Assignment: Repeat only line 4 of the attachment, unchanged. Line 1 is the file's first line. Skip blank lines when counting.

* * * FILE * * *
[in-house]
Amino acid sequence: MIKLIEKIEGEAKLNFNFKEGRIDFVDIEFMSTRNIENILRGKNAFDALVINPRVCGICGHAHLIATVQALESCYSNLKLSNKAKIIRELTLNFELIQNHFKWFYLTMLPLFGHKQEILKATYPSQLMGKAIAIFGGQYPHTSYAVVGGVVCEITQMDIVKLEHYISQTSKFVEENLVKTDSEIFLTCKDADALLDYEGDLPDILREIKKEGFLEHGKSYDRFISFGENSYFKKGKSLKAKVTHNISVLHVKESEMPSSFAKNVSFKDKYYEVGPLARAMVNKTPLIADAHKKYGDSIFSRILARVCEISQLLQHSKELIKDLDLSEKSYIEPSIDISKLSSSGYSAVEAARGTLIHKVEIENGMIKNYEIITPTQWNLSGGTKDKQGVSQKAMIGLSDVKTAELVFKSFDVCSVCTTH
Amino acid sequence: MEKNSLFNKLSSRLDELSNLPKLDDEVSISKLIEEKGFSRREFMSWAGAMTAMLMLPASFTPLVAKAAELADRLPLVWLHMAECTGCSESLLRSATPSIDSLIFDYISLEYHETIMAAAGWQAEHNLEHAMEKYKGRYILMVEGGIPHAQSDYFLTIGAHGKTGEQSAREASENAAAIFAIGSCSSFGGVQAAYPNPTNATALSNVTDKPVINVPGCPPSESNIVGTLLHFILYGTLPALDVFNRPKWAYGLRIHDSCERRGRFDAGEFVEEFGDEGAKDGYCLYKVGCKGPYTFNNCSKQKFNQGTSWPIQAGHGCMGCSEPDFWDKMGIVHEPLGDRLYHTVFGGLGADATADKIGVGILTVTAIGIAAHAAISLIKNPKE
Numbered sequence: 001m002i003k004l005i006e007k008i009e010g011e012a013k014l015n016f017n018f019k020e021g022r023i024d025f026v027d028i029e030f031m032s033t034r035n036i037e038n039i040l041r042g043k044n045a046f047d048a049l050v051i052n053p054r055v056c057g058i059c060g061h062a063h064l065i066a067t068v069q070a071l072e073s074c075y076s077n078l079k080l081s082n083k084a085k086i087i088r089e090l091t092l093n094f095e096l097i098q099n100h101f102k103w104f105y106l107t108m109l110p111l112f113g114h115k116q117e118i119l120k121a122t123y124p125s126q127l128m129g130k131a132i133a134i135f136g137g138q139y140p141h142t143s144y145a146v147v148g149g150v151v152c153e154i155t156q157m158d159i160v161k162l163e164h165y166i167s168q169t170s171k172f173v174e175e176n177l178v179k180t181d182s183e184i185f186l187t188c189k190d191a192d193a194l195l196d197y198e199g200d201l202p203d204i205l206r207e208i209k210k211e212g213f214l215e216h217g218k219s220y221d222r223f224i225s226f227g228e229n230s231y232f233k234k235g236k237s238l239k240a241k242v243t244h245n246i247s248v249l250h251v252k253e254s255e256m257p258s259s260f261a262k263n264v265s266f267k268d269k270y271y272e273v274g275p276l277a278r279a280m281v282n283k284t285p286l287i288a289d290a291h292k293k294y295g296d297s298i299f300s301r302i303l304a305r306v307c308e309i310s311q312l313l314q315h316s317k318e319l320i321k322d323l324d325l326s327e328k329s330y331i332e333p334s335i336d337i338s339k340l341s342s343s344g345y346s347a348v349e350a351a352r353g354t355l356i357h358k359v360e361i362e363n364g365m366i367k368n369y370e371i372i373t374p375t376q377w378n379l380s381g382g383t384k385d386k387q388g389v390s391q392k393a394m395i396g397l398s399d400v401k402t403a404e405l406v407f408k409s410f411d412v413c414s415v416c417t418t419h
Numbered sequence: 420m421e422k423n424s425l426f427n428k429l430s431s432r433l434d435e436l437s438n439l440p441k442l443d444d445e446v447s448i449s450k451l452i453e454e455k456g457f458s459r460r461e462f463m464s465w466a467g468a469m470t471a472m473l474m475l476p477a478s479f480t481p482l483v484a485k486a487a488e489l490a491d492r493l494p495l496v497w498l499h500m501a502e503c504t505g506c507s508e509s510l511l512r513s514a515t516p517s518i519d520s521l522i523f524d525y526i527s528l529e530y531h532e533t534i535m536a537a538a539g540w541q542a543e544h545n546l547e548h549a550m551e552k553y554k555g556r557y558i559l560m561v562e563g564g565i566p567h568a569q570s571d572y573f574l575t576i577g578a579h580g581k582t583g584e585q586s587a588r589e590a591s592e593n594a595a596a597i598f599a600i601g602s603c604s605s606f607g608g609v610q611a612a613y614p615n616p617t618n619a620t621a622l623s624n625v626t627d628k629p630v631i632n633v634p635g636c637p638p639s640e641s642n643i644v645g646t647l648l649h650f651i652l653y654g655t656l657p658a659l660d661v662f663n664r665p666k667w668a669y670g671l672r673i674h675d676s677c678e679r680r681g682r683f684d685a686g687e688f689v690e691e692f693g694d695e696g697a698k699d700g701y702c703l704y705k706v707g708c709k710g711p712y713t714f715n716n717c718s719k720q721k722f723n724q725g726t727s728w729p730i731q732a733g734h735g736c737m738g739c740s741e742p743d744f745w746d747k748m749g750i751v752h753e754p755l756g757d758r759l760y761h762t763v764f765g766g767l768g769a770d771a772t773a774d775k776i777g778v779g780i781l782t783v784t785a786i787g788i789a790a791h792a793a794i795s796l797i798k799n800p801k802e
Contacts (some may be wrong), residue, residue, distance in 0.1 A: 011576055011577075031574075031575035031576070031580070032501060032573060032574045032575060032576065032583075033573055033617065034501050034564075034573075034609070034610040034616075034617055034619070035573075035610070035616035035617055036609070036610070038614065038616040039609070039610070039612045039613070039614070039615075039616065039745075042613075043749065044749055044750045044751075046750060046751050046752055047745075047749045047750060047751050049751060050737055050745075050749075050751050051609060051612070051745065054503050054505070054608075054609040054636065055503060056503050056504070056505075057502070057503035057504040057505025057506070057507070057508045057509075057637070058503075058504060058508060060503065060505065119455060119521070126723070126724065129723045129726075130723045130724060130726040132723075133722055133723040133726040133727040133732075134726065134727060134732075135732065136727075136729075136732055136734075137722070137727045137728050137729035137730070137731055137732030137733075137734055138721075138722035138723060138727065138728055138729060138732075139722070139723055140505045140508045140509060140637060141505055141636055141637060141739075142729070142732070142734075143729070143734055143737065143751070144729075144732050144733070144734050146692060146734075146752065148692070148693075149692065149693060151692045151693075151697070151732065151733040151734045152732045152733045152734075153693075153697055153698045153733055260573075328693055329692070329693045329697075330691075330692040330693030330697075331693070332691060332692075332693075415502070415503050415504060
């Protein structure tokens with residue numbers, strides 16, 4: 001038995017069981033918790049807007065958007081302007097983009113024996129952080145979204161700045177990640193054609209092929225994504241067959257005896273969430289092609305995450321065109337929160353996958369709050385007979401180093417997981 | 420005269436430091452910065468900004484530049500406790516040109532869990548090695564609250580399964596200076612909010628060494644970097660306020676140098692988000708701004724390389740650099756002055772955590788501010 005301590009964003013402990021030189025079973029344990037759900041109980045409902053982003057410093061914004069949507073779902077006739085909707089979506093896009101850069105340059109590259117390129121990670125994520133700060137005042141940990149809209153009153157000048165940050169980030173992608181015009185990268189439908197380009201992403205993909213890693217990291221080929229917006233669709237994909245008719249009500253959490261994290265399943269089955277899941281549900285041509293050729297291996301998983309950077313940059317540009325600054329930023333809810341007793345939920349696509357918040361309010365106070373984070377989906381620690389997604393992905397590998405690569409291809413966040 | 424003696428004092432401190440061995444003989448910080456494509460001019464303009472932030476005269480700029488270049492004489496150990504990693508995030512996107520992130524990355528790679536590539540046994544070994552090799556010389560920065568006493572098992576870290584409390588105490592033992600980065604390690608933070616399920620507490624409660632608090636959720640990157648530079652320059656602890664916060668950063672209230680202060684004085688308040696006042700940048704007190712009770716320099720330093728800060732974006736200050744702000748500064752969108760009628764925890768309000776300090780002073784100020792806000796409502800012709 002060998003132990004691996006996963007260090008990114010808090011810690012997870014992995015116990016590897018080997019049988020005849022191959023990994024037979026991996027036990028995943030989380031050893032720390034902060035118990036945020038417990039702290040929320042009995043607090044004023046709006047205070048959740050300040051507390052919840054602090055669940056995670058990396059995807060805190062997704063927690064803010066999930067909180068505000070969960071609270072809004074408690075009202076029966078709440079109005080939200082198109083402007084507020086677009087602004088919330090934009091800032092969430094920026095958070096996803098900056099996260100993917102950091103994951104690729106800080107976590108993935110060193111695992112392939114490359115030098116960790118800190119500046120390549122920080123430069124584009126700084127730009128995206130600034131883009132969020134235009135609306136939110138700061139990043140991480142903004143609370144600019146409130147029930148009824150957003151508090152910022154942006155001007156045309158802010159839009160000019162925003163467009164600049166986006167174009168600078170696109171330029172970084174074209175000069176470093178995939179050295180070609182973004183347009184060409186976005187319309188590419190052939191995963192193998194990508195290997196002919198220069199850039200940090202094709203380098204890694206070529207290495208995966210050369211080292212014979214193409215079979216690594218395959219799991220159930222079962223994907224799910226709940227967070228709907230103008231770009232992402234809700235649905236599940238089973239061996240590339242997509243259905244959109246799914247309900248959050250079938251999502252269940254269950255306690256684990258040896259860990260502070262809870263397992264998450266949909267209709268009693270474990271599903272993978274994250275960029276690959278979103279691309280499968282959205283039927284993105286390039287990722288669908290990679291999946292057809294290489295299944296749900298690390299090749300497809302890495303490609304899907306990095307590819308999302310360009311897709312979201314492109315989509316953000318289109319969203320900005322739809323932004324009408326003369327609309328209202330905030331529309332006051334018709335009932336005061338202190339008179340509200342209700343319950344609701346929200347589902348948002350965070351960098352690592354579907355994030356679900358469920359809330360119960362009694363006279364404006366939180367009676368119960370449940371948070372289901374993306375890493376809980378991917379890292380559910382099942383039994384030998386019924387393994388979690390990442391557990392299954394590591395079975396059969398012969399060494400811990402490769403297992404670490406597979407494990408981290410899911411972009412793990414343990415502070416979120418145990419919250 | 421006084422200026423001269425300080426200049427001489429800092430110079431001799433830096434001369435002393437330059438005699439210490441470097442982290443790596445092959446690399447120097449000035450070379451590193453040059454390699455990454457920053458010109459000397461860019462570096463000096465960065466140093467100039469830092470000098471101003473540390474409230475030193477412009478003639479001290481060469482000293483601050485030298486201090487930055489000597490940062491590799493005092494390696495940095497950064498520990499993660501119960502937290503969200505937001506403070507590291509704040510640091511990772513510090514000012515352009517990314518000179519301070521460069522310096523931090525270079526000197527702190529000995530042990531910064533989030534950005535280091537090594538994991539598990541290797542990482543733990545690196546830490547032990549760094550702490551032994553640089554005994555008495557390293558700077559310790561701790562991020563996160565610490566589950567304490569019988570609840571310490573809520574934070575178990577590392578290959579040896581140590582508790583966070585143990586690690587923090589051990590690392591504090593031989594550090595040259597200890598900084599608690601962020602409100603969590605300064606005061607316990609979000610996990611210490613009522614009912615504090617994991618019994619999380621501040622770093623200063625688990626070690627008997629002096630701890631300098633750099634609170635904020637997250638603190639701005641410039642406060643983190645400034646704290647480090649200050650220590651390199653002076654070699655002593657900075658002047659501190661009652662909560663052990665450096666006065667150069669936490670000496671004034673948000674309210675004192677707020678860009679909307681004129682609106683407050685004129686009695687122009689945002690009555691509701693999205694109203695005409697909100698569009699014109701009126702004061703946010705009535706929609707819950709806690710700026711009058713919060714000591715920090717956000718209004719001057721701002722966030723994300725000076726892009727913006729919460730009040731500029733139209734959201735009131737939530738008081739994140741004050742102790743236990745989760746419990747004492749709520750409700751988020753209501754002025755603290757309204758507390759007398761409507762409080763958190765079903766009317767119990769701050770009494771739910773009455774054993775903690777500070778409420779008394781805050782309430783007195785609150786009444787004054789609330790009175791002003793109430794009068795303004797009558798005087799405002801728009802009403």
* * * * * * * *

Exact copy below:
Numbered sequence: 001m002i003k004l005i006e007k008i009e010g011e012a013k014l015n016f017n018f019k020e021g022r023i024d025f026v027d028i029e030f031m032s033t034r035n036i037e038n039i040l041r042g043k044n045a046f047d048a049l050v051i052n053p054r055v056c057g058i059c060g061h062a063h064l065i066a067t068v069q070a071l072e073s074c075y076s077n078l079k080l081s082n083k084a085k086i087i088r089e090l091t092l093n094f095e096l097i098q099n100h101f102k103w104f105y106l107t108m109l110p111l112f113g114h115k116q117e118i119l120k121a122t123y124p125s126q127l128m129g130k131a132i133a134i135f136g137g138q139y140p141h142t143s144y145a146v147v148g149g150v151v152c153e154i155t156q157m158d159i160v161k162l163e164h165y166i167s168q169t170s171k172f173v174e175e176n177l178v179k180t181d182s183e184i185f186l187t188c189k190d191a192d193a194l195l196d197y198e199g200d201l202p203d204i205l206r207e208i209k210k211e212g213f214l215e216h217g218k219s220y221d222r223f224i225s226f227g228e229n230s231y232f233k234k235g236k237s238l239k240a241k242v243t244h245n246i247s248v249l250h251v252k253e254s255e256m257p258s259s260f261a262k263n264v265s266f267k268d269k270y271y272e273v274g275p276l277a278r279a280m281v282n283k284t285p286l287i288a289d290a291h292k293k294y295g296d297s298i299f300s301r302i303l304a305r306v307c308e309i310s311q312l313l314q315h316s317k318e319l320i321k322d323l324d325l326s327e328k329s330y331i332e333p334s335i336d337i338s339k340l341s342s343s344g345y346s347a348v349e350a351a352r353g354t355l356i357h358k359v360e361i362e363n364g365m366i367k368n369y370e371i372i373t374p375t376q377w378n379l380s381g382g383t384k385d386k387q388g389v390s391q392k393a394m395i396g397l398s399d400v401k402t403a404e405l406v407f408k409s410f411d412v413c414s415v416c417t418t419h